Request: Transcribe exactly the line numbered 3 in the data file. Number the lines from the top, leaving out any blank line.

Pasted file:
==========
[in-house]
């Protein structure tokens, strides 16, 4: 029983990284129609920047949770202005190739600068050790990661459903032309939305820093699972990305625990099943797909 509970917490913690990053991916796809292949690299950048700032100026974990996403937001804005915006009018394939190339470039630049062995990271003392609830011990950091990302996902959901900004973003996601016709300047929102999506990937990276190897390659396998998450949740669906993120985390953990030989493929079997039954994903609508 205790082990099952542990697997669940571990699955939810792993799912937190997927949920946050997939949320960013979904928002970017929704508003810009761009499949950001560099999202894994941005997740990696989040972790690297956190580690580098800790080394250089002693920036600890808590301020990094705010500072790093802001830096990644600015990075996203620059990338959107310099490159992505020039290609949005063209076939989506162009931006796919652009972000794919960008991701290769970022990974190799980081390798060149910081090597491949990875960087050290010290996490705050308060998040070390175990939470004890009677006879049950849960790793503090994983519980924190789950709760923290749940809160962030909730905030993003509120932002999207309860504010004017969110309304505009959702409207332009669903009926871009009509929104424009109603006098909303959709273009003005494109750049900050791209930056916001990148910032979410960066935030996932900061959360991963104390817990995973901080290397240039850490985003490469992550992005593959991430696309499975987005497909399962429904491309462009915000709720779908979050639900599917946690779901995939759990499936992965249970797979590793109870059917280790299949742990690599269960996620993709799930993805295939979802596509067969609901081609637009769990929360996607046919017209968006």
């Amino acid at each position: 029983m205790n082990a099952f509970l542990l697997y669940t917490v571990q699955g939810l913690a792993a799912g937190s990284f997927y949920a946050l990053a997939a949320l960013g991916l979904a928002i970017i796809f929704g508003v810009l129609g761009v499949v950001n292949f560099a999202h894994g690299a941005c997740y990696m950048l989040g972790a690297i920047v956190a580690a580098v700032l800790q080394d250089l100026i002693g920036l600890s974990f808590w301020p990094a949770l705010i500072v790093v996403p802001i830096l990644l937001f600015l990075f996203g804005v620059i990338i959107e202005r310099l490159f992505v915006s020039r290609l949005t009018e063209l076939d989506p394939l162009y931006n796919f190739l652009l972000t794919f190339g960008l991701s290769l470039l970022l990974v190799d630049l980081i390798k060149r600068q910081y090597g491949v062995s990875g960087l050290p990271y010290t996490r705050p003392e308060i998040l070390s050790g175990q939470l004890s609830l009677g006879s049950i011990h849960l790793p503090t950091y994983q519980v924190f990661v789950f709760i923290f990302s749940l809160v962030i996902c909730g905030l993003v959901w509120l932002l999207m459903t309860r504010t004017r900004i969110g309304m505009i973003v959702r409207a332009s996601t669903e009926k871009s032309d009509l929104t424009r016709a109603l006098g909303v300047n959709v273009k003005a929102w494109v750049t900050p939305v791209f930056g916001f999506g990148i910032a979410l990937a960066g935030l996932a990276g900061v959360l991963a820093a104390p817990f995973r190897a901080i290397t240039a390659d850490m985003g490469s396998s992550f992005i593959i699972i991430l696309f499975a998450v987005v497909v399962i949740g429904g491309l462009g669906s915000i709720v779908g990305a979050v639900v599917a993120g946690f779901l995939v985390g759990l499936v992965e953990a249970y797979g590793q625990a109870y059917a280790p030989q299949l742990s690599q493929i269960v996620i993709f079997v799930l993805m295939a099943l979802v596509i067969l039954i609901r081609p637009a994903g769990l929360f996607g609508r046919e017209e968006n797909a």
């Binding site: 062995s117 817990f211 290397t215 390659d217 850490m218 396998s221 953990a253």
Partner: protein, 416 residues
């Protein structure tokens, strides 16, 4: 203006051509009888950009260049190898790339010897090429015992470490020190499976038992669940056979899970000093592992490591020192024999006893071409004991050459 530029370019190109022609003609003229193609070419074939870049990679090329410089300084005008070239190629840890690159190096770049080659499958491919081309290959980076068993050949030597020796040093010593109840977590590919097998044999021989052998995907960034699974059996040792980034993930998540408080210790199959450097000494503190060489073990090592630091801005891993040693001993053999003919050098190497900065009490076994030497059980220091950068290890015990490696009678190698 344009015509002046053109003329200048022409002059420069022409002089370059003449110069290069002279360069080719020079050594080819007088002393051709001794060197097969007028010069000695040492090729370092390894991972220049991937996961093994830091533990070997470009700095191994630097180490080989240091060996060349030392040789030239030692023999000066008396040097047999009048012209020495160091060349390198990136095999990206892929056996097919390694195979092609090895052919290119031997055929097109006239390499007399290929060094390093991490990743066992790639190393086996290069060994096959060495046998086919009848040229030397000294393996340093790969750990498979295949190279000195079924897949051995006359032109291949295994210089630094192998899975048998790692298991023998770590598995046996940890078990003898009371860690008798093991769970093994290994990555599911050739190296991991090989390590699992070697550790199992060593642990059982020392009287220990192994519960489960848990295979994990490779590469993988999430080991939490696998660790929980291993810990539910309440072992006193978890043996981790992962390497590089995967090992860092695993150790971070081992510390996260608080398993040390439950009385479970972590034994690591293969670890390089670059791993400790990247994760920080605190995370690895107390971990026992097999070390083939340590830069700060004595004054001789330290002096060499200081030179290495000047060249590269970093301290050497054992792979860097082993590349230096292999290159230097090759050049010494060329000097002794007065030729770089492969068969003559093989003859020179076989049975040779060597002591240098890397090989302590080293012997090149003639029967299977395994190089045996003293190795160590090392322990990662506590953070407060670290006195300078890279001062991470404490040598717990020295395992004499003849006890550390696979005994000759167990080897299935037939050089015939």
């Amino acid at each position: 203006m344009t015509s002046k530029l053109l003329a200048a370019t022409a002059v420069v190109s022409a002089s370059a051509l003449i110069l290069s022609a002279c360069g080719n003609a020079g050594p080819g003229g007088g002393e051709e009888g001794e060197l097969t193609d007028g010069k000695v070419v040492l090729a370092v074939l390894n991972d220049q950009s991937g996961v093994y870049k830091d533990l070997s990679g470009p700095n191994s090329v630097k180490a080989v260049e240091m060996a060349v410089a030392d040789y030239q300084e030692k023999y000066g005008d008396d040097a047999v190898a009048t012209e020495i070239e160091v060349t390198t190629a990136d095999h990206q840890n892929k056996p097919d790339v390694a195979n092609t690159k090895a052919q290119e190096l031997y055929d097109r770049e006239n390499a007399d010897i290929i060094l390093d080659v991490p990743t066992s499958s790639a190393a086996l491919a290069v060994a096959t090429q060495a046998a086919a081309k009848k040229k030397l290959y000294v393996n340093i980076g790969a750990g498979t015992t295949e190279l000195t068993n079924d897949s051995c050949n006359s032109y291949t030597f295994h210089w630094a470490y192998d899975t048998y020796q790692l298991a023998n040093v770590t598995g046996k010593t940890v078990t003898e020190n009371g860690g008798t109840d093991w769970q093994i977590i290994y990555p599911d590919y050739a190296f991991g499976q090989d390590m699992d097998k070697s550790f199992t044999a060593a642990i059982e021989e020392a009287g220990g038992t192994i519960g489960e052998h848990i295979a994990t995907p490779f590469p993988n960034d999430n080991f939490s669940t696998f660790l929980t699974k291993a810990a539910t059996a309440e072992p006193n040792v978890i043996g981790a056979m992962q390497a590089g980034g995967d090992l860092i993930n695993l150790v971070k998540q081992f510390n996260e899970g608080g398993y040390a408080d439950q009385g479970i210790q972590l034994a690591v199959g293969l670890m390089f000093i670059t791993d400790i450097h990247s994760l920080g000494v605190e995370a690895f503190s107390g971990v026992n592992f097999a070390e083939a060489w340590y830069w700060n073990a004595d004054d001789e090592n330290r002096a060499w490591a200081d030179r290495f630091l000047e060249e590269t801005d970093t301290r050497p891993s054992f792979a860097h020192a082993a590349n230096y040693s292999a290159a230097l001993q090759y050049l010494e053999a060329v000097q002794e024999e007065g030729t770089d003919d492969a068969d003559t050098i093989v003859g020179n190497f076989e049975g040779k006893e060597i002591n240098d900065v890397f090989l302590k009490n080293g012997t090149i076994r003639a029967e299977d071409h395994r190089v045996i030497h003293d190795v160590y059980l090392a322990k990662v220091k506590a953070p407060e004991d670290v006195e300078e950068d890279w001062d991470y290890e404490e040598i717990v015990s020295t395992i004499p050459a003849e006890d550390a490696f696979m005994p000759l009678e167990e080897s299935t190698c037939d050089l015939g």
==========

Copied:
């Amino acid at each position: 029983m205790n082990a099952f509970l542990l697997y669940t917490v571990q699955g939810l913690a792993a799912g937190s990284f997927y949920a946050l990053a997939a949320l960013g991916l979904a928002i970017i796809f929704g508003v810009l129609g761009v499949v950001n292949f560099a999202h894994g690299a941005c997740y990696m950048l989040g972790a690297i920047v956190a580690a580098v700032l800790q080394d250089l100026i002693g920036l600890s974990f808590w301020p990094a949770l705010i500072v790093v996403p802001i830096l990644l937001f600015l990075f996203g804005v620059i990338i959107e202005r310099l490159f992505v915006s020039r290609l949005t009018e063209l076939d989506p394939l162009y931006n796919f190739l652009l972000t794919f190339g960008l991701s290769l470039l970022l990974v190799d630049l980081i390798k060149r600068q910081y090597g491949v062995s990875g960087l050290p990271y010290t996490r705050p003392e308060i998040l070390s050790g175990q939470l004890s609830l009677g006879s049950i011990h849960l790793p503090t950091y994983q519980v924190f990661v789950f709760i923290f990302s749940l809160v962030i996902c909730g905030l993003v959901w509120l932002l999207m459903t309860r504010t004017r900004i969110g309304m505009i973003v959702r409207a332009s996601t669903e009926k871009s032309d009509l929104t424009r016709a109603l006098g909303v300047n959709v273009k003005a929102w494109v750049t900050p939305v791209f930056g916001f999506g990148i910032a979410l990937a960066g935030l996932a990276g900061v959360l991963a820093a104390p817990f995973r190897a901080i290397t240039a390659d850490m985003g490469s396998s992550f992005i593959i699972i991430l696309f499975a998450v987005v497909v399962i949740g429904g491309l462009g669906s915000i709720v779908g990305a979050v639900v599917a993120g946690f779901l995939v985390g759990l499936v992965e953990a249970y797979g590793q625990a109870y059917a280790p030989q299949l742990s690599q493929i269960v996620i993709f079997v799930l993805m295939a099943l979802v596509i067969l039954i609901r081609p637009a994903g769990l929360f996607g609508r046919e017209e968006n797909a």